“En fin, always use primer before you paint, warm up your car in the morning for at least ten minutes, and always keep a spare key in your wallet, just in case.”
“Not understanding what Mr. Vazquez is talking about, we laugh . . .” (narrator Gladys Elizabeth)
The text, in both languages, required sometimes more than 50 percent of the page, leaving the illustrations little room. On some pages, the text tightly winds around the images. The biggest problem is the excessive text and illustrations that never caught my eye. The text is not more important than the illustrations, nor are the illustrations more important than the text. They both have a story to tell—the same story—and each deserve adequate space to tell it. When this does not happen, reading the book may become an exercise in frustration and the child listening may not stay focused. A tight story is a great story.
Not everyone will say this, but the job of reviewer is not always kind. I’m sure it is hard on the author to read someone does not like his or her story. It is hard for the reviewer to write they did not like a book. Many reviewers simply won’t write a negative review. I think the author deserves to know, though it is but one opinion and may not be as correct as the reviewer believes it to be. I do not accept a book unless I think I will enjoy it. Therefore, it is a huge disappointment when I do not.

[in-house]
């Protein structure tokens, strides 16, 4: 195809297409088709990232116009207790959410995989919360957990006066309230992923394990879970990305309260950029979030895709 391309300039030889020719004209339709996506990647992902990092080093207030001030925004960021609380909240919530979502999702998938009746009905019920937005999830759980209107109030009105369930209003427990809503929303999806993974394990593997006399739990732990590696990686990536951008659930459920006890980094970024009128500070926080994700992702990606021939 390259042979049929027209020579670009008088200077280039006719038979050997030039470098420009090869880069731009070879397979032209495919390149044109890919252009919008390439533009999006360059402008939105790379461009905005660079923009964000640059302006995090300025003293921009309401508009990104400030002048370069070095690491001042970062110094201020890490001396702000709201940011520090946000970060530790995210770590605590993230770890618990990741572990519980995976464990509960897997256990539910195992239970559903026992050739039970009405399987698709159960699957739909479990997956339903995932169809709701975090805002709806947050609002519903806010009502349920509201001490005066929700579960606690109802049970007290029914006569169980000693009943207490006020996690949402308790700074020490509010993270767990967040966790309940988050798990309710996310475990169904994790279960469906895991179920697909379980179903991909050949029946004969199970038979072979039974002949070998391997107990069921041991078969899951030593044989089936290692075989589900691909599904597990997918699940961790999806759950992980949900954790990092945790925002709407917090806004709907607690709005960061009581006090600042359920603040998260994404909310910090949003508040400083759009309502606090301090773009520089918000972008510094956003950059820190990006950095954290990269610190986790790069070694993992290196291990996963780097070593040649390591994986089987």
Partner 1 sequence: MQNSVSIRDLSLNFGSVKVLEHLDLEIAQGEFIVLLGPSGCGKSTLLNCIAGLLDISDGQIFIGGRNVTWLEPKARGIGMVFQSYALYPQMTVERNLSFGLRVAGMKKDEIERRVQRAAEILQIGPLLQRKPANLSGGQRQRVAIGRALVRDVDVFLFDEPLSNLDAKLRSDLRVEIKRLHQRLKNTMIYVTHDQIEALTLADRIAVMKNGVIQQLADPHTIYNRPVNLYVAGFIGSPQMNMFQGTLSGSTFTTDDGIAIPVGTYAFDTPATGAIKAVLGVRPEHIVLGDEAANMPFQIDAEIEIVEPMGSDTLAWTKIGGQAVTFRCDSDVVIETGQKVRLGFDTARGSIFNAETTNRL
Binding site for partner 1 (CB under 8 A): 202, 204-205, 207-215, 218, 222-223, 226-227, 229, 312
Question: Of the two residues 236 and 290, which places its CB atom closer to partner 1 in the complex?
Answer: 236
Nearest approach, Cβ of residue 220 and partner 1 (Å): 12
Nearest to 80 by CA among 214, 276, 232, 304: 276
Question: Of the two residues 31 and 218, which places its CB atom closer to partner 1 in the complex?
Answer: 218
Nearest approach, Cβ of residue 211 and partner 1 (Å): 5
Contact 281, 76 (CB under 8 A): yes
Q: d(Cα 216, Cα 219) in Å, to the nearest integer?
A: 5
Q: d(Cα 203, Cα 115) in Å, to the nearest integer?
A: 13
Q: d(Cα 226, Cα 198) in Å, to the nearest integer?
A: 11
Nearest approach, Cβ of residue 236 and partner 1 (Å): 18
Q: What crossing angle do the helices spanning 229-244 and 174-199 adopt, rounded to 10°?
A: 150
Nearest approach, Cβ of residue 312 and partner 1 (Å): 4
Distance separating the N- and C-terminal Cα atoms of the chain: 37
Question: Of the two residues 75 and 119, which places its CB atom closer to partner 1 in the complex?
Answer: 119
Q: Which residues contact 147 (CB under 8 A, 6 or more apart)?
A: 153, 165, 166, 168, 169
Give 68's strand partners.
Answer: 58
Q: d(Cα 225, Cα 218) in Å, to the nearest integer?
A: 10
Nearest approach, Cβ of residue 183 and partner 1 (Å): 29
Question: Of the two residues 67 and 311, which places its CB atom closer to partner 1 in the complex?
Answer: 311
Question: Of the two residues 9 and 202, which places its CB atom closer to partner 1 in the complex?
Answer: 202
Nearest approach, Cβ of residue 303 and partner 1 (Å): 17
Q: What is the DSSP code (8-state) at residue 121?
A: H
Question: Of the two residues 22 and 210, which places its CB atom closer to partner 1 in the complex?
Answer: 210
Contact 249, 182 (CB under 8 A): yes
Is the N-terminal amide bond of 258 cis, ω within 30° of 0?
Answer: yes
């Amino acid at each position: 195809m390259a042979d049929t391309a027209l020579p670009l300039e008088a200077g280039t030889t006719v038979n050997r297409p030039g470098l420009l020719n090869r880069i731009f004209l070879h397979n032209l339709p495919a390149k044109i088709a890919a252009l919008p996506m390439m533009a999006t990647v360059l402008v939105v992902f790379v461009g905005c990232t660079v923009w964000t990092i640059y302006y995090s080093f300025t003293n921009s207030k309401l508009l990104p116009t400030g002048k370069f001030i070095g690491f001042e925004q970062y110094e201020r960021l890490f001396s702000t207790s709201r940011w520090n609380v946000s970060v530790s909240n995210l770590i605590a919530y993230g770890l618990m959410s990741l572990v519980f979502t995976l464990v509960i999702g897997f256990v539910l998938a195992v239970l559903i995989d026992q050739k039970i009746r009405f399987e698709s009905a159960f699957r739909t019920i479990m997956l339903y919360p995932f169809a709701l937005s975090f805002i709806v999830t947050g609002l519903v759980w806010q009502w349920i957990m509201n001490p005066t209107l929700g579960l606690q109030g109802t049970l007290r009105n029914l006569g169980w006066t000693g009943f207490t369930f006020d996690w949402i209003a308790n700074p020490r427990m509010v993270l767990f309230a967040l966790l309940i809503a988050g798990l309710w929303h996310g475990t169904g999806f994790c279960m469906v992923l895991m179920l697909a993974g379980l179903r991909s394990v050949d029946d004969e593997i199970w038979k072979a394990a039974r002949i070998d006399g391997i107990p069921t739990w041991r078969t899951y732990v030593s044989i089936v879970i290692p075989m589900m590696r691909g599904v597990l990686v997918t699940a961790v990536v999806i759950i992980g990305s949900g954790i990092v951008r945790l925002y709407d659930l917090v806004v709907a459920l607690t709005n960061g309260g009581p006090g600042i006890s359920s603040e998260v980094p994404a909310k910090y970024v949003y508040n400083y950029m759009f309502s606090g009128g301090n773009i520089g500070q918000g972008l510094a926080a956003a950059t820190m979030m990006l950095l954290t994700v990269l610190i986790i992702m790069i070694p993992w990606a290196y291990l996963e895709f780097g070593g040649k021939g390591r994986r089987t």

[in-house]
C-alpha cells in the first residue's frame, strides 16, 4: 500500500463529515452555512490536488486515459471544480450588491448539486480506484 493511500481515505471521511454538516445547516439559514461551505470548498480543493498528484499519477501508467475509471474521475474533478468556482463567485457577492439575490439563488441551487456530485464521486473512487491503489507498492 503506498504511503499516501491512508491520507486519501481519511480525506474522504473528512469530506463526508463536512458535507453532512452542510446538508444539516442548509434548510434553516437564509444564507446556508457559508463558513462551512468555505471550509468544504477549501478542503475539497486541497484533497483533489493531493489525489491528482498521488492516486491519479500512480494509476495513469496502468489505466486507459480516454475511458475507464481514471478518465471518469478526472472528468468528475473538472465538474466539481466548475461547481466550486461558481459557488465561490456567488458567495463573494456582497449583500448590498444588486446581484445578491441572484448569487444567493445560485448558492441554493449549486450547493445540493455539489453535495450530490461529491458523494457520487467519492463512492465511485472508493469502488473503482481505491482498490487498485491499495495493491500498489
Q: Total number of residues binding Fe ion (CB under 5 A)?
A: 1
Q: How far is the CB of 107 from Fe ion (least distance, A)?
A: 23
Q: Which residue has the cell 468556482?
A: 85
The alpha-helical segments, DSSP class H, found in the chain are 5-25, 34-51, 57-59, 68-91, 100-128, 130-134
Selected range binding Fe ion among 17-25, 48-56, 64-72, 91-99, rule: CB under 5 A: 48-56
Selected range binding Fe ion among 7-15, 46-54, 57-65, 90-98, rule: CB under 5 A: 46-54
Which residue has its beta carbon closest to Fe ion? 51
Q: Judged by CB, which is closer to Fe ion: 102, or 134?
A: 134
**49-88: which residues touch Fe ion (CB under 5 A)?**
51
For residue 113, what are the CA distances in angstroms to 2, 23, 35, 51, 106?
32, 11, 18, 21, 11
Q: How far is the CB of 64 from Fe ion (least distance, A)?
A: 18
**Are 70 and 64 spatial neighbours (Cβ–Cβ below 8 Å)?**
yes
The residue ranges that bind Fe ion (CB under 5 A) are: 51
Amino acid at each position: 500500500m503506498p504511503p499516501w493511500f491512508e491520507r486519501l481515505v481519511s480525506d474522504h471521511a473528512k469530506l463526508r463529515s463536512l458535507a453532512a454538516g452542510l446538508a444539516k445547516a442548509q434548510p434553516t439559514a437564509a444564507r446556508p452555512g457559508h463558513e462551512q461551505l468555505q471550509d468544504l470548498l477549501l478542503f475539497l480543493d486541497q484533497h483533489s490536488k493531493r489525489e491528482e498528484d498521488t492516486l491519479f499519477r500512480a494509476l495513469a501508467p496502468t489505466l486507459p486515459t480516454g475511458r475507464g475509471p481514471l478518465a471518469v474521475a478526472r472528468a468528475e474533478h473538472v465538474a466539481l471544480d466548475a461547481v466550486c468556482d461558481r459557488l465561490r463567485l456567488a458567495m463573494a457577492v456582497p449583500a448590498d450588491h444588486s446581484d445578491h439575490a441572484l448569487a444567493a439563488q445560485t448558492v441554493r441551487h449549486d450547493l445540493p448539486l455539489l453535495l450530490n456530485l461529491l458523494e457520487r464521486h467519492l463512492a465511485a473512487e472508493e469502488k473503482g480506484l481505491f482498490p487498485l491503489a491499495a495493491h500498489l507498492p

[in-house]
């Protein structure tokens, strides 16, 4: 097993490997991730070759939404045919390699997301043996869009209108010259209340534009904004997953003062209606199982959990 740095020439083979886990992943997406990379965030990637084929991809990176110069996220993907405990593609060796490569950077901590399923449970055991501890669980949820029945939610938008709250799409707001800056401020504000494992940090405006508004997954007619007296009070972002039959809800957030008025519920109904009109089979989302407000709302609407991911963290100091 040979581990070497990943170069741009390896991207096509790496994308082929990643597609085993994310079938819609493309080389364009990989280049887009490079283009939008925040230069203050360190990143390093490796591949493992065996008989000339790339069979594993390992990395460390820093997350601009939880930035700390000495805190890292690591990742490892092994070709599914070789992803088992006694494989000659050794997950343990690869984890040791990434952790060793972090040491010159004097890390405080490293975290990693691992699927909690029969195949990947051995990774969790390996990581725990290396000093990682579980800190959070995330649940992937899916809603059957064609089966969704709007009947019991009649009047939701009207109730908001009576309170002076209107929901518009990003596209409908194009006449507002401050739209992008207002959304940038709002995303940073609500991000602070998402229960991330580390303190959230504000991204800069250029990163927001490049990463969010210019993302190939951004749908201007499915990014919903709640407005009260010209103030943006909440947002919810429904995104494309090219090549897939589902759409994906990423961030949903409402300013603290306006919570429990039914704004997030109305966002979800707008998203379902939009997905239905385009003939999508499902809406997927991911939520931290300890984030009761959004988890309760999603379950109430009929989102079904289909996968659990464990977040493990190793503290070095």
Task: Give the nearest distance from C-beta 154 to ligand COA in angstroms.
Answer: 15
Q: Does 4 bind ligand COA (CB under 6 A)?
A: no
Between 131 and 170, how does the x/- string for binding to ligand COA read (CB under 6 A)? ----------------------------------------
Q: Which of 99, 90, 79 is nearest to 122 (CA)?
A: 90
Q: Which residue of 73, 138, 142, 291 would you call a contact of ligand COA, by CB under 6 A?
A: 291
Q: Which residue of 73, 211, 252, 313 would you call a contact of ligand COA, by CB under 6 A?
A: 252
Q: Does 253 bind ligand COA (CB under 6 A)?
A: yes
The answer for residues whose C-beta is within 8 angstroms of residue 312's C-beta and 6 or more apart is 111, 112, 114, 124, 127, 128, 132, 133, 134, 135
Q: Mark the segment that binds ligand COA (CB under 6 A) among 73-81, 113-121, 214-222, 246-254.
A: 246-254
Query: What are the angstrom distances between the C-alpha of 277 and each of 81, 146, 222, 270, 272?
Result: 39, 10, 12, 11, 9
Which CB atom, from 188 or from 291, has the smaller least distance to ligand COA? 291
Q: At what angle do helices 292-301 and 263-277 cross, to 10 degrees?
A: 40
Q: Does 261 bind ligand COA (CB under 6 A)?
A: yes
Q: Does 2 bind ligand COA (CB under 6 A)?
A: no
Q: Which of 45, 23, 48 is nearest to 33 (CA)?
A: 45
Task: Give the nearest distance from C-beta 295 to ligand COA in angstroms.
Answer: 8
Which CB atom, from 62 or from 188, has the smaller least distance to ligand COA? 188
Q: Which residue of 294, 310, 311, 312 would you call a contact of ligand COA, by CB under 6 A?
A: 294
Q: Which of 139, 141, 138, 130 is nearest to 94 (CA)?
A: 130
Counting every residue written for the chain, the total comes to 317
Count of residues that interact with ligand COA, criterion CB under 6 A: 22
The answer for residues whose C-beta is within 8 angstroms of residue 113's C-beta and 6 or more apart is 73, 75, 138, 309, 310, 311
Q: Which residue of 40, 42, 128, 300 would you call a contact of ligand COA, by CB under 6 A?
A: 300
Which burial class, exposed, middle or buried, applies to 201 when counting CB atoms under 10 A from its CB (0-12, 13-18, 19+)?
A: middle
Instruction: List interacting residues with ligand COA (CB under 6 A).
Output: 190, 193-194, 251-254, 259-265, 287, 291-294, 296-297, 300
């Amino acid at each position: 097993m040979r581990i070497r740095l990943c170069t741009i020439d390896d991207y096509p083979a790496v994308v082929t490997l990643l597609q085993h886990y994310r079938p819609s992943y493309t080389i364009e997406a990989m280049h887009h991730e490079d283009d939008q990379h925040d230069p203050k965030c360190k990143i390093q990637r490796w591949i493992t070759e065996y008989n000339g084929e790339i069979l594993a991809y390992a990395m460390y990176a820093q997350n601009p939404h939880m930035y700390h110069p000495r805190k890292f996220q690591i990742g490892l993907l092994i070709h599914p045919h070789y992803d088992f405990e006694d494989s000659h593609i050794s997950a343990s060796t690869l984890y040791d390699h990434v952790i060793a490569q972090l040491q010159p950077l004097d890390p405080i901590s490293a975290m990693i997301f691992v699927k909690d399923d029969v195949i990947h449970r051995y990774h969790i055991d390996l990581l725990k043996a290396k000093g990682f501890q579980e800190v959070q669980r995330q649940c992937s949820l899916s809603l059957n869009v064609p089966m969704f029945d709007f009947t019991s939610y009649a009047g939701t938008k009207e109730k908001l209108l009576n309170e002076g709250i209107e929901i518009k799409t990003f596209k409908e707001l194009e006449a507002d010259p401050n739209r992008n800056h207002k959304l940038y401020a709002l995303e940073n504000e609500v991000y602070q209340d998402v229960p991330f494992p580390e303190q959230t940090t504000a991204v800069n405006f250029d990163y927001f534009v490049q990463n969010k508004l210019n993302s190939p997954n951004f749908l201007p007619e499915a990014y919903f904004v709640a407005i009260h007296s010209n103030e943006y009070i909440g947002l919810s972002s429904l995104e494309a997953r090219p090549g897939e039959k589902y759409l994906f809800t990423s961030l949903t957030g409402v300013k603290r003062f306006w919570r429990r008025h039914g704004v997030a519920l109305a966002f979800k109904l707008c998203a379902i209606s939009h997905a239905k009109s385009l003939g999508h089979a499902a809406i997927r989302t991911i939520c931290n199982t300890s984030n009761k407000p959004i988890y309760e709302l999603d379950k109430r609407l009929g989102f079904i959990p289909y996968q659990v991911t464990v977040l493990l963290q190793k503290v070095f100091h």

Pink Fire Trucks has a great premise. The story will draw girls in, and it is empowering. Gladys Elizabeth Barbieri can write and write well. She knows how to construct a story. With a good editor, the author could be writing magnificent children’s books, especially those that are bilingual. I expect there will be much more from this former teacher. Good writers learn from others–including reviewers, take what they need from them, and grow into better writers. Ms. Barbieri, I am sure, will experience much growth and her writing will improve with time and practice.Maybe in her next story Rudy will get a chance to shine.
PINK FIRE TRUCKS – LOS CAMIONES DE BOMBEROS DE COLOR ROSADO. Text copyright © 2013 by Gladys Elizabeth Barbieri. Translation copyright © 2013 by Liliana Cosentino. Illustrations copyright © 2013 by Lina Safar. Reproduced by permission of the publisher, Big Tent Books, Savannah, GA.
Learn more about Pink Fire Trucks . . . HERE.
Also by Gladys Elizabeth Barbieri
.Also by Lina Safar
The Forgotten Ornament .